defendant was white, and the family or the community did not trust the district attorney to prosecute the case vigorously. (Jim Ferguson was a private prosecutor in the case told in Blood Done Sign My Name.)

There were three Storm Trooper defendants. One was represented by Barry Winston, another by Jim Maxwell (who recently represented David Hoke and Deborah Graves before the State Bar, the prosecutors in the Alan Gell case) and the third by Mike Levine who passed away this summer.

It was clear to me at the preliminary hearing and in
interviewing witnesses that it would be very hard to get a conviction. There seemed little or no doubt that James Cates was killed by one or more of the Storm Toopers. But it was not clear at all which Storm Trooper(s) did the stabbing. It happened at 3 in the morning. It was dark. People had been drinking. The combatants were running around fighting or challengin each other, as were the potential witnesses. Eye witness accounts conflicted as to who was where and did what when.

I was not there for the trial, my employment in the case having been over, but was not at all suprised by the verdict. Each defendant, represented by a skillful lawyer, had a strong argument that the state had not proved the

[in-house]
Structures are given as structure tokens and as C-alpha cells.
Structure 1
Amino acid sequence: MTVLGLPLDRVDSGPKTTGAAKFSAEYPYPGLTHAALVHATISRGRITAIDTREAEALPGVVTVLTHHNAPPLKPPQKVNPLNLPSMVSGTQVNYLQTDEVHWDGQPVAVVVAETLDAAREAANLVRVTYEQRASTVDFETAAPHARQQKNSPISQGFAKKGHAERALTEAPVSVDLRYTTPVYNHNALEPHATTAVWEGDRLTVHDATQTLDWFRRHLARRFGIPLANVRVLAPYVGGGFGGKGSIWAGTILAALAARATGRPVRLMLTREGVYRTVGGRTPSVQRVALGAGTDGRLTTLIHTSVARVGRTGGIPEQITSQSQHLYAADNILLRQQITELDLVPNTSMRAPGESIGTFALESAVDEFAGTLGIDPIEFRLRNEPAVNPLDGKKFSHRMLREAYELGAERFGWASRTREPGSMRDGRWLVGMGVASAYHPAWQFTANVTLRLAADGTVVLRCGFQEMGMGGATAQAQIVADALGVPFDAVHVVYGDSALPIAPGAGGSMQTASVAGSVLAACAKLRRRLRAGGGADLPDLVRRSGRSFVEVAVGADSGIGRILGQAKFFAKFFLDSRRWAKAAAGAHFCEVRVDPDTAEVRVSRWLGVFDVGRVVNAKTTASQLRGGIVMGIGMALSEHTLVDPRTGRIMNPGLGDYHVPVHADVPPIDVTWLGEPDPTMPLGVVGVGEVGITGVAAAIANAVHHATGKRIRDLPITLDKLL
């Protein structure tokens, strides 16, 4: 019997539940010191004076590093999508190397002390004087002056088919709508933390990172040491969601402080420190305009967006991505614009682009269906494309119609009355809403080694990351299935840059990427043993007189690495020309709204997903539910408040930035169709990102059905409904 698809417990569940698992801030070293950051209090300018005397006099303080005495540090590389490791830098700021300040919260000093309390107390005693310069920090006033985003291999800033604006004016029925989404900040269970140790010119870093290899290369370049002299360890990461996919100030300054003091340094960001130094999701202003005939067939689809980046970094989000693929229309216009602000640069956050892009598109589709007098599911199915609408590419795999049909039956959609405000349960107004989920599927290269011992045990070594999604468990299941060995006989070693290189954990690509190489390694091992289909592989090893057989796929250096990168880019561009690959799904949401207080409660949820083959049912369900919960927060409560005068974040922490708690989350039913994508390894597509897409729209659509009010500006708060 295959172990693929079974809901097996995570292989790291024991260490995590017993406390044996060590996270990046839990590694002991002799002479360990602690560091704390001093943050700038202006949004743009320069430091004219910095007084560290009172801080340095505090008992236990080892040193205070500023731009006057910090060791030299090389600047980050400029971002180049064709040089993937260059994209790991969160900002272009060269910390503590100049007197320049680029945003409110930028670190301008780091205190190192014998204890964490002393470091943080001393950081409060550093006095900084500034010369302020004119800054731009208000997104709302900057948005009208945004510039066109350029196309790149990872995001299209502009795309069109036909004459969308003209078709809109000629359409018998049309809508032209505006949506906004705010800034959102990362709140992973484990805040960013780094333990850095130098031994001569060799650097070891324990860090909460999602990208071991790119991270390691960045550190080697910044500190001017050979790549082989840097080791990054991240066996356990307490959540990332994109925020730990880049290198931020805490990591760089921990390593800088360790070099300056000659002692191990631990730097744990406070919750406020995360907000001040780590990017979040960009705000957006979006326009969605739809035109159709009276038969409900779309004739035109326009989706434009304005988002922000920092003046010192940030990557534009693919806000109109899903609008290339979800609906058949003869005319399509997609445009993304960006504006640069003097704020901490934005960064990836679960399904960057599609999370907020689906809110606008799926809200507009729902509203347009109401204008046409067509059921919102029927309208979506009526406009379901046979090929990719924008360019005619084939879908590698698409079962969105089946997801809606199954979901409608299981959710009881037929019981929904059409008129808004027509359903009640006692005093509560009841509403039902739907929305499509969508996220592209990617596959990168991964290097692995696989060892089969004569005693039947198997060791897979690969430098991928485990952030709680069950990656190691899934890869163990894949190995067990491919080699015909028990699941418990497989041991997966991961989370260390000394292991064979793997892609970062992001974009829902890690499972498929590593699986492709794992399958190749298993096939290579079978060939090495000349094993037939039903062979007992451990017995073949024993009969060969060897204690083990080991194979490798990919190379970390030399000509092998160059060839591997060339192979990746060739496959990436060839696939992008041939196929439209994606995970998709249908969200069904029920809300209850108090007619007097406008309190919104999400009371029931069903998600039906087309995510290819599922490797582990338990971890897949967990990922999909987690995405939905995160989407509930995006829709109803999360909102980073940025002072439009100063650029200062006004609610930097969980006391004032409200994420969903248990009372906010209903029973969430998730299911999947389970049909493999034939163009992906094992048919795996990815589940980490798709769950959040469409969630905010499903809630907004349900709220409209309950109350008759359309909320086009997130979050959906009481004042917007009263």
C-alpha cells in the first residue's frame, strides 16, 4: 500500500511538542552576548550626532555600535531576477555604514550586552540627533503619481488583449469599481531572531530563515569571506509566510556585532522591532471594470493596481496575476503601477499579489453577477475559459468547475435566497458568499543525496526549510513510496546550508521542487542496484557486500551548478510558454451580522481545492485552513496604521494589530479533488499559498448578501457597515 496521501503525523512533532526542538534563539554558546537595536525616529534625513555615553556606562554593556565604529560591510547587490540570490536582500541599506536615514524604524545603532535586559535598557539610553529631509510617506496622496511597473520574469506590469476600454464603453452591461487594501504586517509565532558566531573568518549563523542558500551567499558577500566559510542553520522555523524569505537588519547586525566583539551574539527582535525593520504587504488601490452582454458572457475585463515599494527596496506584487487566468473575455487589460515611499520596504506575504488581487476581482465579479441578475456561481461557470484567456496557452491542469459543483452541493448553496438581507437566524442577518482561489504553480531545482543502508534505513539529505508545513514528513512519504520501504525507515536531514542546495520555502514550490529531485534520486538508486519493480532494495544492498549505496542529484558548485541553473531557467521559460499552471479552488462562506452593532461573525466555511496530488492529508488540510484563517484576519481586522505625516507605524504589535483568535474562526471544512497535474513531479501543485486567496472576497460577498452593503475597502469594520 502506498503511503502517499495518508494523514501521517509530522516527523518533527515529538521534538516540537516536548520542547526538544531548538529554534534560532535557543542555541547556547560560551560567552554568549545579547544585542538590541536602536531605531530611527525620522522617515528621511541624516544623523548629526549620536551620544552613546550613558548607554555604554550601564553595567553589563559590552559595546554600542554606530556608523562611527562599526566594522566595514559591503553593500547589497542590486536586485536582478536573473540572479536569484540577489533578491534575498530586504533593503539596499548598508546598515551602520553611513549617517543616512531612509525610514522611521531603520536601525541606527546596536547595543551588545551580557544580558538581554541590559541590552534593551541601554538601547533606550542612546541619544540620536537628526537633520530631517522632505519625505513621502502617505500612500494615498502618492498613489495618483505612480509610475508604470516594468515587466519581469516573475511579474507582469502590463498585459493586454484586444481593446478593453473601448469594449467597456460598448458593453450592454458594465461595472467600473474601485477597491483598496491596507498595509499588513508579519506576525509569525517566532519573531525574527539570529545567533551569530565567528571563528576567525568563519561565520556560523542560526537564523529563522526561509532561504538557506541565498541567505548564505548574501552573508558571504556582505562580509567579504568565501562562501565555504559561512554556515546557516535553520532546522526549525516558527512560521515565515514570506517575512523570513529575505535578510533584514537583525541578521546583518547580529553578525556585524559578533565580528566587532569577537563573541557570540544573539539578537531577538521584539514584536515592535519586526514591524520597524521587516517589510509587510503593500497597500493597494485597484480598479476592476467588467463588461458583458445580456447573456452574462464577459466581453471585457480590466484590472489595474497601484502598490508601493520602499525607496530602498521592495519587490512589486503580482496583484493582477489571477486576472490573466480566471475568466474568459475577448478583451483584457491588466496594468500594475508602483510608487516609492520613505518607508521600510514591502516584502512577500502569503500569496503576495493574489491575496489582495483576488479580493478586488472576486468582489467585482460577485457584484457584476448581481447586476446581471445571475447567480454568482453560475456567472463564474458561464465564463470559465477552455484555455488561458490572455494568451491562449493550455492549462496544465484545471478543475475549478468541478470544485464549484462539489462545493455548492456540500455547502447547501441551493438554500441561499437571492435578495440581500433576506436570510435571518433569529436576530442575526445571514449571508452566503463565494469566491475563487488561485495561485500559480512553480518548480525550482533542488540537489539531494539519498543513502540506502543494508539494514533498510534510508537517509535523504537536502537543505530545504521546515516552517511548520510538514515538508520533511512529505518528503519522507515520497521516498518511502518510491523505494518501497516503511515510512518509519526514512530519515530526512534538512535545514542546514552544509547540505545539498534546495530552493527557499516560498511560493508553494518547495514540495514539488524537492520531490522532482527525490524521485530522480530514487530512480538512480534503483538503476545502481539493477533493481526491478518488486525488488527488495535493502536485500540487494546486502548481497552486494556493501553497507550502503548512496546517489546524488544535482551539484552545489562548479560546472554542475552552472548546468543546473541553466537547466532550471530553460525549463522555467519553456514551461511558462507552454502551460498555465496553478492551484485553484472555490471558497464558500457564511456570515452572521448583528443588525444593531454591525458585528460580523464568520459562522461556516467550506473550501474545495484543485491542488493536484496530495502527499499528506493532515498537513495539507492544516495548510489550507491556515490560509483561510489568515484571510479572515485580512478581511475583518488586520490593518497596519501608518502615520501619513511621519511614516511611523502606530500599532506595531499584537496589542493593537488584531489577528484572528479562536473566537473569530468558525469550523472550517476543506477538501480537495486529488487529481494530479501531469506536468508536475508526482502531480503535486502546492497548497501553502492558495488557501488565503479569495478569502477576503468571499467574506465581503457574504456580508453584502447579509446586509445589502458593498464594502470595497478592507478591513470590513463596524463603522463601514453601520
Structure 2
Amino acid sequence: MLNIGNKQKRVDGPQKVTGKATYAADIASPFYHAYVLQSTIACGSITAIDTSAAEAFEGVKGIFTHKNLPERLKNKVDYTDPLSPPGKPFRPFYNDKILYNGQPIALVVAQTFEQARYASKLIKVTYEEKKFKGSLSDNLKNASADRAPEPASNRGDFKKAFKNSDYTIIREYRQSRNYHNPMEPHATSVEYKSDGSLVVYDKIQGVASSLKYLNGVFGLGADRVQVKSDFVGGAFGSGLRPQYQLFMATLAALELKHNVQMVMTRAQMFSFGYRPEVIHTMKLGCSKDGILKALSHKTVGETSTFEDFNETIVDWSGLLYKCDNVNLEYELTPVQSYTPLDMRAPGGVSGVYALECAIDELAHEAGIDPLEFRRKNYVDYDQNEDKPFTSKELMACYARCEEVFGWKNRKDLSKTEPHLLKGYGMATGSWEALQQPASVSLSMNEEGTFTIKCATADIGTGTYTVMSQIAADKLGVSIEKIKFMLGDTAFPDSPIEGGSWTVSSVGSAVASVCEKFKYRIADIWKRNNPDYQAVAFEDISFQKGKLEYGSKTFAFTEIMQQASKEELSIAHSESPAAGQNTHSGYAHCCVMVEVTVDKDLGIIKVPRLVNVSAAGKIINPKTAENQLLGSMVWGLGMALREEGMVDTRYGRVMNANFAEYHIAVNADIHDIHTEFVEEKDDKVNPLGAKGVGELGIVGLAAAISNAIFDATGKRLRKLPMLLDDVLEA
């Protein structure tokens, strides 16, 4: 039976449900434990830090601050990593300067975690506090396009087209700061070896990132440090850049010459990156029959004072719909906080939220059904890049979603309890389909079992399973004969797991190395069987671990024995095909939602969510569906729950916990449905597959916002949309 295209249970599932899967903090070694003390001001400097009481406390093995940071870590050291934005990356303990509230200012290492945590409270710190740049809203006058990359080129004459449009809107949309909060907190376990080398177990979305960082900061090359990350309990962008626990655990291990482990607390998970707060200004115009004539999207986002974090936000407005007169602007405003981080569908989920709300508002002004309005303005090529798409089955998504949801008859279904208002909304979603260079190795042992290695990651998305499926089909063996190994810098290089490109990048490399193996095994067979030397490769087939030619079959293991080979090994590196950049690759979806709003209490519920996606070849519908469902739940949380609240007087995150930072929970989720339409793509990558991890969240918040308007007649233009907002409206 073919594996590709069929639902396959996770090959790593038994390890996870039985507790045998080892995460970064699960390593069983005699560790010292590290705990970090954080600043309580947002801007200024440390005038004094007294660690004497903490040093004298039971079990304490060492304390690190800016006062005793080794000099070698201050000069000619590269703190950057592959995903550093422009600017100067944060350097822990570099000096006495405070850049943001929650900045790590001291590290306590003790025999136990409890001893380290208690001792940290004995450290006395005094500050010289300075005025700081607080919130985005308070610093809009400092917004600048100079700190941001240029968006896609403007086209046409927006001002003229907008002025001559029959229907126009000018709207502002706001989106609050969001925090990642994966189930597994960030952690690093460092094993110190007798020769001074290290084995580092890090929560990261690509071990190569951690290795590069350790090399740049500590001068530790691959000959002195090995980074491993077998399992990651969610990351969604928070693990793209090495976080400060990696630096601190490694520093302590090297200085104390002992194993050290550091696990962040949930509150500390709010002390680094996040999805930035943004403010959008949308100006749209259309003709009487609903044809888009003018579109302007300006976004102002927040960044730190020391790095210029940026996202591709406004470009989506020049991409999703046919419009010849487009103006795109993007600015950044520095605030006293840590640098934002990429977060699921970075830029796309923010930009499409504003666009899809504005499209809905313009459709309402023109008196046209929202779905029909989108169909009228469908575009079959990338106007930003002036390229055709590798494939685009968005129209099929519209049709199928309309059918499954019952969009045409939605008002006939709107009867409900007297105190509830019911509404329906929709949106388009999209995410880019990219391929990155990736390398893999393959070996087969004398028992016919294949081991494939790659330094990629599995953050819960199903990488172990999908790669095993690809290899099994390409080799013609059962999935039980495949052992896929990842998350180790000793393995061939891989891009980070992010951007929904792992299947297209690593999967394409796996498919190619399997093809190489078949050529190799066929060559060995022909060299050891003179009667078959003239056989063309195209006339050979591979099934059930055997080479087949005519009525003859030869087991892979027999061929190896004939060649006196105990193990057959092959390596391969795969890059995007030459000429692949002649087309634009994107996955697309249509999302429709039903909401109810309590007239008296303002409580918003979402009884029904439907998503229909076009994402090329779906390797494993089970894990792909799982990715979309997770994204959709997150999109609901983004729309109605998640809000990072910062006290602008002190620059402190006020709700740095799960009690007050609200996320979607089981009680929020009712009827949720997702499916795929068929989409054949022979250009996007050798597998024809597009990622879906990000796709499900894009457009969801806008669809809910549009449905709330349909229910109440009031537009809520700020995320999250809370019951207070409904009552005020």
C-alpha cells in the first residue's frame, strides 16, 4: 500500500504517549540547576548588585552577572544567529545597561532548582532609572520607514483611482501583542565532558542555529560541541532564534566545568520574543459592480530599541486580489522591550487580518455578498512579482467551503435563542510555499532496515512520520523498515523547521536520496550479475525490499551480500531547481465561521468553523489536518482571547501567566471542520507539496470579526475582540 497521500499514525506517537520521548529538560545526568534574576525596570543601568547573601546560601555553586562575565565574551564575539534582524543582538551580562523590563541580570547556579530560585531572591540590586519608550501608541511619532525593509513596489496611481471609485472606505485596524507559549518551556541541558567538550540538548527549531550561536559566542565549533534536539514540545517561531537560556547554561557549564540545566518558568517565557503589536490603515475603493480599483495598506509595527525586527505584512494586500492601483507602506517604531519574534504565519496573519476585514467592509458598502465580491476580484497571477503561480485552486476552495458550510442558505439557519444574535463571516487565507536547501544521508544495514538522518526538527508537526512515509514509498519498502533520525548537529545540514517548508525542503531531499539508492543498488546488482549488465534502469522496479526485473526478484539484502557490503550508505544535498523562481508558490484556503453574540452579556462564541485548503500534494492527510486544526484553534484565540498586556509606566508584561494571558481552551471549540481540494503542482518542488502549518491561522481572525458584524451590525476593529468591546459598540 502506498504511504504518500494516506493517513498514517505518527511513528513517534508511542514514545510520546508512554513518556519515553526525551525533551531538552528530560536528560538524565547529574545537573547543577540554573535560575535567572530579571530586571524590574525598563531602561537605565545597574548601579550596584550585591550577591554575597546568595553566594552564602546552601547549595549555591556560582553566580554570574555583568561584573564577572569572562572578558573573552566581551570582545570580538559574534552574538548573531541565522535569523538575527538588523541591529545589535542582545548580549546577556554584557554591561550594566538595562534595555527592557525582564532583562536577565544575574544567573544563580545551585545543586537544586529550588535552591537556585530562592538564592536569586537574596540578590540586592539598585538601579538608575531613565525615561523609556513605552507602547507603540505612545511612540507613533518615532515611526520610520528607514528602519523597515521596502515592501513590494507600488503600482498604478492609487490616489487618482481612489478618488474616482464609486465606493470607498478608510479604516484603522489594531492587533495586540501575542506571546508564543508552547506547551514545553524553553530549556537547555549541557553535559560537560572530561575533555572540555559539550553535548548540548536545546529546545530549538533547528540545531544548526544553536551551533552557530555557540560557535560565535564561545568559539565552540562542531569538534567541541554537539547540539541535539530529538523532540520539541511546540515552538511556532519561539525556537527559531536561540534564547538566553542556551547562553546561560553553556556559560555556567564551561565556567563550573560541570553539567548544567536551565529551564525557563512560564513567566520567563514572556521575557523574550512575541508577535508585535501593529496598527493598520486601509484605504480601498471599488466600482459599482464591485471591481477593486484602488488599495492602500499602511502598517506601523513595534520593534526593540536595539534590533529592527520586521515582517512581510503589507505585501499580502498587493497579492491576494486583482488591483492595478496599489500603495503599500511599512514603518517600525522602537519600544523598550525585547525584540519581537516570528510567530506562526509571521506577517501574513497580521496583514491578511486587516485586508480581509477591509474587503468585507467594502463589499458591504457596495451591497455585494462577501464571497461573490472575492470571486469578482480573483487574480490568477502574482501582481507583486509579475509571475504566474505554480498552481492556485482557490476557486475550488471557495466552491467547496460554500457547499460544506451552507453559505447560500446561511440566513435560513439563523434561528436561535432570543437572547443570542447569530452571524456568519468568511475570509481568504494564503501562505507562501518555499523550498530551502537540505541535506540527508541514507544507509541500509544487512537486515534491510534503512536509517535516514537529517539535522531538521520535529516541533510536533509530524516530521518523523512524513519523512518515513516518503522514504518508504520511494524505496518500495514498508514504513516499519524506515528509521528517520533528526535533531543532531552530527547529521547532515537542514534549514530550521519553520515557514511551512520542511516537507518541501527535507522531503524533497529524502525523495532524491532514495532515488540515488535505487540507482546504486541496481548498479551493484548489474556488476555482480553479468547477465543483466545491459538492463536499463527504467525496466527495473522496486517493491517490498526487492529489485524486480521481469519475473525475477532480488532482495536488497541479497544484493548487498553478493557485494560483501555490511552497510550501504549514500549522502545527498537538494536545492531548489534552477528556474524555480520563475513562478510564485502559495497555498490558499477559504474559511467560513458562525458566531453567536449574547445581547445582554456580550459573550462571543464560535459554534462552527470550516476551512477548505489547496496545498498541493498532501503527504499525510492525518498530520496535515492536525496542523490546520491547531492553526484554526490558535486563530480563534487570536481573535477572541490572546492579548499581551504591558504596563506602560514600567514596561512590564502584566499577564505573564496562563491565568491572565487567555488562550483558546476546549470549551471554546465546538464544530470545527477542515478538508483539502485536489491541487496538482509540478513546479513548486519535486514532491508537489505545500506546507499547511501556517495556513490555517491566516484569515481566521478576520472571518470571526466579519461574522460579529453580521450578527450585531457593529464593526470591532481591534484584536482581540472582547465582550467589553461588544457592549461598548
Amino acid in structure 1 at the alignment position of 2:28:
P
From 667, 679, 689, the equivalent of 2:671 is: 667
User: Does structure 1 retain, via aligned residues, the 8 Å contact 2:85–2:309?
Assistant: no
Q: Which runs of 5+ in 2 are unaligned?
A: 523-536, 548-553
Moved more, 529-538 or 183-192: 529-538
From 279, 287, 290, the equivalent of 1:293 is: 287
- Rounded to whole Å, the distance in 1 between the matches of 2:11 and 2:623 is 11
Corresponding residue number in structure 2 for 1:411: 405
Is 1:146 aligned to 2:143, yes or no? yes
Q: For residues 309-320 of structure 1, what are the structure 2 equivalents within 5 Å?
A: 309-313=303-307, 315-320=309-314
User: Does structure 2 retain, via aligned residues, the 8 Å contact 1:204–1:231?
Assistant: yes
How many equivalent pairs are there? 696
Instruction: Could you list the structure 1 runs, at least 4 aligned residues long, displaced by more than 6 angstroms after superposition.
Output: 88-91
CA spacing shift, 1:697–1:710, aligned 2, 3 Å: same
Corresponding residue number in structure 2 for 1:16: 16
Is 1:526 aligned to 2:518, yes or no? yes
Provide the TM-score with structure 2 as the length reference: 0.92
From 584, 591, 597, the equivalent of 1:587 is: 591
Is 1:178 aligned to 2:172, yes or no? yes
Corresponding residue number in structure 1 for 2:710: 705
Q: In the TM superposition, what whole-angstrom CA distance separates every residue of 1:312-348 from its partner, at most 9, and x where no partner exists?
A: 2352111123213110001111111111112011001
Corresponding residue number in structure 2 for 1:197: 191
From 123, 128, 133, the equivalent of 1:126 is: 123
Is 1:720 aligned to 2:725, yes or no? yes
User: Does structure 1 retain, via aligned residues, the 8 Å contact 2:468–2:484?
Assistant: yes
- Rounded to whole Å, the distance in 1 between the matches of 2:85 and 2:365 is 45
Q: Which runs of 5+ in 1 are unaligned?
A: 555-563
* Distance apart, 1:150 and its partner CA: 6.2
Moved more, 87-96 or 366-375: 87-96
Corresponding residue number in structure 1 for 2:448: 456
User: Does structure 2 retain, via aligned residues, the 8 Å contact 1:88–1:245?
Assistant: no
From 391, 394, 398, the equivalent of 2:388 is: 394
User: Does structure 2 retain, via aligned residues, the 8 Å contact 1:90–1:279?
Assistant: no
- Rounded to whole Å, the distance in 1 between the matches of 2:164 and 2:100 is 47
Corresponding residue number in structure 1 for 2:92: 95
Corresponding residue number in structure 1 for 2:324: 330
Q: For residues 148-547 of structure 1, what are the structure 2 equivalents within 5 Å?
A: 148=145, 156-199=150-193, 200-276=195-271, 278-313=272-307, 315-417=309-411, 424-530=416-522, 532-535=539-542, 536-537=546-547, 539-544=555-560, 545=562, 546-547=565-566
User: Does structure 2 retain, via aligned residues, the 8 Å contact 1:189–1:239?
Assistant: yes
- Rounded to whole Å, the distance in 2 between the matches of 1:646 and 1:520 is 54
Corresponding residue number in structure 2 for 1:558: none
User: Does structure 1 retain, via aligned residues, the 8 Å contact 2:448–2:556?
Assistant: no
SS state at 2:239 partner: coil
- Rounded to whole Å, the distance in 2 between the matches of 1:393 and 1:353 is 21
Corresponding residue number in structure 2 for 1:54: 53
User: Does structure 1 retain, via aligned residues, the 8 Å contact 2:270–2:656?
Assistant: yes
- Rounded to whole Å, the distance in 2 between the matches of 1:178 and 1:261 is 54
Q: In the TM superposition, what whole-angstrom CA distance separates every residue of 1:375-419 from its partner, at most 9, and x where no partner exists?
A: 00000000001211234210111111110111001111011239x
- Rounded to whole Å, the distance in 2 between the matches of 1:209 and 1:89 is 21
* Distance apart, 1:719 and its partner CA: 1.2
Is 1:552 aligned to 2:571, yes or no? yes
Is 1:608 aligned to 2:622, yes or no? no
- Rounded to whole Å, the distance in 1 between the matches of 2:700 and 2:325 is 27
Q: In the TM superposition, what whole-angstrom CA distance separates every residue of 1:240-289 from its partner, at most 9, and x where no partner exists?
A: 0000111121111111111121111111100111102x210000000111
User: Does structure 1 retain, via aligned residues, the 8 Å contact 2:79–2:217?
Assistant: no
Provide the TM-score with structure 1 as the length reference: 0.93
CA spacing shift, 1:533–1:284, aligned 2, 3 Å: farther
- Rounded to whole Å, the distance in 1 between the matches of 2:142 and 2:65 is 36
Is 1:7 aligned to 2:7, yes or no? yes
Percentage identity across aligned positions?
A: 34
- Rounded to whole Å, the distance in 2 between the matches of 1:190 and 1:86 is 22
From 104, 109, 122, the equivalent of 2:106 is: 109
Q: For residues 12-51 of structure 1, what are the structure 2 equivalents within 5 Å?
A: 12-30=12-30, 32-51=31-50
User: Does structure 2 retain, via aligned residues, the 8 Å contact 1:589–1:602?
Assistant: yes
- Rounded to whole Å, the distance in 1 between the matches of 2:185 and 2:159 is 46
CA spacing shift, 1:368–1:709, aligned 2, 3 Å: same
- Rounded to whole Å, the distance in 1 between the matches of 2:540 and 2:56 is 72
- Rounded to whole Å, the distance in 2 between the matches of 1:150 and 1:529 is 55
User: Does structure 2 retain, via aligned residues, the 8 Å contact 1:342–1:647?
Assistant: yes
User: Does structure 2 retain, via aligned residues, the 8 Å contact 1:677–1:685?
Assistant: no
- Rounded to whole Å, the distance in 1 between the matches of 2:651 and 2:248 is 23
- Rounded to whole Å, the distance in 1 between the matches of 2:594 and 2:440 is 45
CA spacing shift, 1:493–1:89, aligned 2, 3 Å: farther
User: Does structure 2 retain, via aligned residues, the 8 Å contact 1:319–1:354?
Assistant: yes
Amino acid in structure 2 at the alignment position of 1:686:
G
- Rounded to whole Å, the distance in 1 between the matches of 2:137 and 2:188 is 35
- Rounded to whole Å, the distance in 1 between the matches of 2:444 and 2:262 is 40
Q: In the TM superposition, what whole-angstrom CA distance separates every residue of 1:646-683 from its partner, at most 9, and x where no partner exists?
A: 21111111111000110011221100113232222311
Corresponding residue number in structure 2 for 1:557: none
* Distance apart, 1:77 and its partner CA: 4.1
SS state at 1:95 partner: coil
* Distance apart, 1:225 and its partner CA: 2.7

case against him beyond a reasonable doubt. It would have taken a masterful prosecution to obtain a conviction or convictions in that case. (In addition to the conflicting evidence on who did it, the prosecution had the burden of
proving that the killer(s) were not acting in self defense since there was evidence that James Cates had pulled a razor on his eventual attackers before he was stabbed.
Moreover, the race of the victim would have worked very strongly against the prosecution in 1970, even in Orange County. In fact in those days, an Orange County jury was almost always made up of rural whites. Very few African Americans (and any Chapel Hill residents) were even on the jury lists.) At that time our prosecutorial district included Alamance County and the District Attorney was from Alamance. The outcome of that case was one of the reasons why many in Chapel Hill wanted to succede from Alamamce, something that Joe Hackney eventually caused to happen.

I did not participate in the prosecution of the case at trial, but after I moved to Chapel Hill in the summer of 1971, I did end up representing almost all of those charged with arson for the fires set in reaction to the verdict.

I would like to help in any way possible, being from Maine
I'm not sure what I can do, however please let me know if
I can do anything Thank you. Jim Cates